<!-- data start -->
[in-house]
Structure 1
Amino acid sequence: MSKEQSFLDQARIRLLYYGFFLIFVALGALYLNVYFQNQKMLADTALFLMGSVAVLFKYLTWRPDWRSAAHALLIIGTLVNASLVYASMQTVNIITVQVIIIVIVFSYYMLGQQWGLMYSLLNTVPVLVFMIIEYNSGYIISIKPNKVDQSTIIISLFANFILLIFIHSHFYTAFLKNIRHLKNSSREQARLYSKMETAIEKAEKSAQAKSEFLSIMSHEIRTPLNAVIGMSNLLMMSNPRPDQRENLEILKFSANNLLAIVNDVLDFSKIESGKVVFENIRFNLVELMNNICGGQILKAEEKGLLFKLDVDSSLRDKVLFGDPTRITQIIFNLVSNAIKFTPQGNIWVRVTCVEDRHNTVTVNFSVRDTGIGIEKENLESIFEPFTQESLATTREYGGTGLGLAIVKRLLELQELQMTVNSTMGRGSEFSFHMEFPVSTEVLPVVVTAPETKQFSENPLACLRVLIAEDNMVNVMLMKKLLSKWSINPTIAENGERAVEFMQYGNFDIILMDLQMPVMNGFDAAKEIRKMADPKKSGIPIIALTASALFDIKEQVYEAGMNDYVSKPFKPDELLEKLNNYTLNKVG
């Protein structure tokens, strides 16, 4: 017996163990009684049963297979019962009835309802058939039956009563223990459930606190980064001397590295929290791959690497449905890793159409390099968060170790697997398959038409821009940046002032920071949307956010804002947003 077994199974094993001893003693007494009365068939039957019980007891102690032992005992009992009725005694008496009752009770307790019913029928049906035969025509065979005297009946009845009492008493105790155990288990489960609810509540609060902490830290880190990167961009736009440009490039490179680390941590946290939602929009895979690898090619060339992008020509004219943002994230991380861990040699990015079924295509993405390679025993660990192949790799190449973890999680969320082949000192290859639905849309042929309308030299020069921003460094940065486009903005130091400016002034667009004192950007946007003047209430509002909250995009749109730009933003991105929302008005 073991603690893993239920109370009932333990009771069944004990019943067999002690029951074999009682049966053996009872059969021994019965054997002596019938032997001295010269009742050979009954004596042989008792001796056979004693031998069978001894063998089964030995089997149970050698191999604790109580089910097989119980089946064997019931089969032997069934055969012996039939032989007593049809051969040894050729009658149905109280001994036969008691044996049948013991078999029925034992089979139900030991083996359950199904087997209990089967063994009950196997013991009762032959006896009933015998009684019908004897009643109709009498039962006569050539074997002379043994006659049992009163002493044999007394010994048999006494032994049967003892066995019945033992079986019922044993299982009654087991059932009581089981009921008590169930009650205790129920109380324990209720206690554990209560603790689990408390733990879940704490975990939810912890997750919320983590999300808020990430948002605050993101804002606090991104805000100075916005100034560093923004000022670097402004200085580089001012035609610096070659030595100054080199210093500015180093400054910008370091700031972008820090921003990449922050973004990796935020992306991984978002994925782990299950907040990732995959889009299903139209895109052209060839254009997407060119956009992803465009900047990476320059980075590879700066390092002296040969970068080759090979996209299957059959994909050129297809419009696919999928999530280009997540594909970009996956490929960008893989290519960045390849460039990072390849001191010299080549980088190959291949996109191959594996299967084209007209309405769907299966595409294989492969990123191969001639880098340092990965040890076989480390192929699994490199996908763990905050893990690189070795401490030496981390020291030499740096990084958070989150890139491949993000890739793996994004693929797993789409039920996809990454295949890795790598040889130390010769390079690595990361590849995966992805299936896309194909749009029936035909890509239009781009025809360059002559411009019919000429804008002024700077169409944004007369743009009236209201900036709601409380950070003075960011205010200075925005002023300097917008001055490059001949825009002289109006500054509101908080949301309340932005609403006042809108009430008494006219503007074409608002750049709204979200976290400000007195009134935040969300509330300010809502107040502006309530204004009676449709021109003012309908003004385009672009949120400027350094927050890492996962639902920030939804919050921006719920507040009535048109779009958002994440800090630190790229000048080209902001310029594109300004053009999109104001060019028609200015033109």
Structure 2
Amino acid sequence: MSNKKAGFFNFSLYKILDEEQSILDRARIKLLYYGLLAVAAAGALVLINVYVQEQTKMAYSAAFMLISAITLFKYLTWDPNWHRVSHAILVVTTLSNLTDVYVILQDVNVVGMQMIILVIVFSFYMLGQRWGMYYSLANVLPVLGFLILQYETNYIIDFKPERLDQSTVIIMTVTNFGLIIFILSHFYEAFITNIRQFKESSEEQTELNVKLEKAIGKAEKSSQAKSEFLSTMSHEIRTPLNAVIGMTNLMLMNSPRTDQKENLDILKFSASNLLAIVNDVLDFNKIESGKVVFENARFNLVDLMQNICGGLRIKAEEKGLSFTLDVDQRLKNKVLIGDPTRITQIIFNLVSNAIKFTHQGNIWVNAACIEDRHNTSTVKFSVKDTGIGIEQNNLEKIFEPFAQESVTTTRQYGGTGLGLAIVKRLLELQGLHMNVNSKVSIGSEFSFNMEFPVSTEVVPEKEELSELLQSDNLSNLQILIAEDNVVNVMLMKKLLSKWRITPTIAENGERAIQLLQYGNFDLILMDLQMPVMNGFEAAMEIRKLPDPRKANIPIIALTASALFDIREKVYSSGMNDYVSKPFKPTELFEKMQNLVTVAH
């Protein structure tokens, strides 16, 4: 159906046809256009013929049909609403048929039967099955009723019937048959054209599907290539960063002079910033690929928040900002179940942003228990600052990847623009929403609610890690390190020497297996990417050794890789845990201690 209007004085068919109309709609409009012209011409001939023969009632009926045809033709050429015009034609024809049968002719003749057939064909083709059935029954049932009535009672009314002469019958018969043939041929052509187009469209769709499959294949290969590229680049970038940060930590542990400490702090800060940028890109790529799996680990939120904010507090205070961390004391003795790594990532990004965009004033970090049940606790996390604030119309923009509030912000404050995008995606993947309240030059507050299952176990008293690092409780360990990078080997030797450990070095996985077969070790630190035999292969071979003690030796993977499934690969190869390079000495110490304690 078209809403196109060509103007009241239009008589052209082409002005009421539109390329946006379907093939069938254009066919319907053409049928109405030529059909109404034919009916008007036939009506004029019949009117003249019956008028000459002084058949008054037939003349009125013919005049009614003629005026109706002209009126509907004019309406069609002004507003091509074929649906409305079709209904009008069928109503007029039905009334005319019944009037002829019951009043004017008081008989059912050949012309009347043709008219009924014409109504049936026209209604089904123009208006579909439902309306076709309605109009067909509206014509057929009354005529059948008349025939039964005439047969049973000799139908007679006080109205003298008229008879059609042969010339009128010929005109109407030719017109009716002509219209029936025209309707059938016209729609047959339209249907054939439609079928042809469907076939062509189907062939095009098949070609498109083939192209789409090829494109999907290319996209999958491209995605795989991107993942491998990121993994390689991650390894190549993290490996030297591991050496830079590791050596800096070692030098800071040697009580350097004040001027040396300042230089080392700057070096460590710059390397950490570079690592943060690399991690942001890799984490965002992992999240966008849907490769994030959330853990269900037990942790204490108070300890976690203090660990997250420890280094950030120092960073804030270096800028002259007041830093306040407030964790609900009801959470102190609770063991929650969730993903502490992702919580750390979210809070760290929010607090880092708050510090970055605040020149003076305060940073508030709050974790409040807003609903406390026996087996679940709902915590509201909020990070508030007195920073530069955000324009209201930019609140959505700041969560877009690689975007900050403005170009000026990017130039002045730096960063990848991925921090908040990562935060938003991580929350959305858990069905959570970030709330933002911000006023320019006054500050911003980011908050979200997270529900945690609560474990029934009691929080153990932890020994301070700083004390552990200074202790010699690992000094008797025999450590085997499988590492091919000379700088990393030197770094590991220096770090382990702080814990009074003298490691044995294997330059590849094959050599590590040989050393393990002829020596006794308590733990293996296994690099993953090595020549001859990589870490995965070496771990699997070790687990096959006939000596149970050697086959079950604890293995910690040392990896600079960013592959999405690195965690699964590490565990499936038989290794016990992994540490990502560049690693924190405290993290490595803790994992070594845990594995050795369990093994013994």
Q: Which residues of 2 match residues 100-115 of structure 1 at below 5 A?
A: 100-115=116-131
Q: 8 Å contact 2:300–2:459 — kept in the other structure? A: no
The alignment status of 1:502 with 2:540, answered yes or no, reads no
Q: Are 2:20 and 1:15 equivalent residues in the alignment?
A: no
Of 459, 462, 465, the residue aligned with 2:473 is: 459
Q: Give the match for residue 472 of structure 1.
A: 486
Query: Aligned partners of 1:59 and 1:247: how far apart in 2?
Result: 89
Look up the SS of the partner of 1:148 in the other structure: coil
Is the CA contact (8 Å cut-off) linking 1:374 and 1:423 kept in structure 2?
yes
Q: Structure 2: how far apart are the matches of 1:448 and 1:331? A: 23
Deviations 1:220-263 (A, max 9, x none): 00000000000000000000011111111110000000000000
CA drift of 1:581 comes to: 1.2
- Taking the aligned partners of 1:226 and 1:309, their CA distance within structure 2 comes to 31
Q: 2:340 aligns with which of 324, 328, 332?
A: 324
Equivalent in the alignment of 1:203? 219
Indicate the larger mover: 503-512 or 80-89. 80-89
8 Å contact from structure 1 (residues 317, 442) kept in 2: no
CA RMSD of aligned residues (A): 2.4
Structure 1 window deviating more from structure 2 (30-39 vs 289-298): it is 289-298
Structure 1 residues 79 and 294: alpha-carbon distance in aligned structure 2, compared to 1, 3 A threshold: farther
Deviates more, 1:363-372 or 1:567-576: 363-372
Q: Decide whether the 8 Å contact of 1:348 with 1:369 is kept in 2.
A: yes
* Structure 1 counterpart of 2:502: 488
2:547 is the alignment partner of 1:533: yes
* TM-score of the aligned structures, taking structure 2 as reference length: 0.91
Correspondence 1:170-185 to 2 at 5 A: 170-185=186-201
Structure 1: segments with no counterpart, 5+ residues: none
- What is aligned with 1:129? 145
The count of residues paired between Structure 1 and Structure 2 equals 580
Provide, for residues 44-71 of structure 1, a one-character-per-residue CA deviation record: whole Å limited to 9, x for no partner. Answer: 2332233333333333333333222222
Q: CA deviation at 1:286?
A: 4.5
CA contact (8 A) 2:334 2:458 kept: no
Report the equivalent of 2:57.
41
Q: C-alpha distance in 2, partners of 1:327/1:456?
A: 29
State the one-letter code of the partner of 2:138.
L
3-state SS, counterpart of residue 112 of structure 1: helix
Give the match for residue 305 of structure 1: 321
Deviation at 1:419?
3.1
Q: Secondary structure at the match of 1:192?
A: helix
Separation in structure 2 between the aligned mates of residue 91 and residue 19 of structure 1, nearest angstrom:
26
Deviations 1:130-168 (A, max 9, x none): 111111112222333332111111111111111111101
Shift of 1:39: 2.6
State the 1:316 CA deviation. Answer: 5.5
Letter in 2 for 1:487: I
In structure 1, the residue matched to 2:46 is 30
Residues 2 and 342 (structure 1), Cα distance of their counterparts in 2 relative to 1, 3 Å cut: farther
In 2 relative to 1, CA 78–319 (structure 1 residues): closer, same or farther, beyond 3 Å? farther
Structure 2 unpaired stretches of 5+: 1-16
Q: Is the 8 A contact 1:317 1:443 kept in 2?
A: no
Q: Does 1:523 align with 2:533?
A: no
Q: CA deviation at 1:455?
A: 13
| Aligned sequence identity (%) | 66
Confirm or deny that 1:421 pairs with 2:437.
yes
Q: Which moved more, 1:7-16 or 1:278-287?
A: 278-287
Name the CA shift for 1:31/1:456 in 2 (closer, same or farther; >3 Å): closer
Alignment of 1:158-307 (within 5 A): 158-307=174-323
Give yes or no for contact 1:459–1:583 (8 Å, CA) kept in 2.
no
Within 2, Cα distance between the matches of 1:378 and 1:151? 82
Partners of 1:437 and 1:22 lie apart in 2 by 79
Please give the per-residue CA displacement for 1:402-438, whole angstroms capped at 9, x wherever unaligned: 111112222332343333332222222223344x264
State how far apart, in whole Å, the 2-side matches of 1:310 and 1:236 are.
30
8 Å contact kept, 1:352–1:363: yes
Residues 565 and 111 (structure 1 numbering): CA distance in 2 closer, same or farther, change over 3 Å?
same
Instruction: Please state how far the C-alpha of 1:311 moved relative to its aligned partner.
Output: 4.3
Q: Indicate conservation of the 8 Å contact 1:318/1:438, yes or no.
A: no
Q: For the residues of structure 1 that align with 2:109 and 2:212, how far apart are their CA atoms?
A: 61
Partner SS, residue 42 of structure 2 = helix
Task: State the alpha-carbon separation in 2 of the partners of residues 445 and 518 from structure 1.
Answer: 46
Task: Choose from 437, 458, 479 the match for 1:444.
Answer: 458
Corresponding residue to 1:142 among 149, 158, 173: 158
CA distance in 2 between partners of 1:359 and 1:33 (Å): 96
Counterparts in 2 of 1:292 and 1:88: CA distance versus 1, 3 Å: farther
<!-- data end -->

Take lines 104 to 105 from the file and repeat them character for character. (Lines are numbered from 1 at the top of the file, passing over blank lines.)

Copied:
Corresponding residue to 1:142 among 149, 158, 173: 158
CA distance in 2 between partners of 1:359 and 1:33 (Å): 96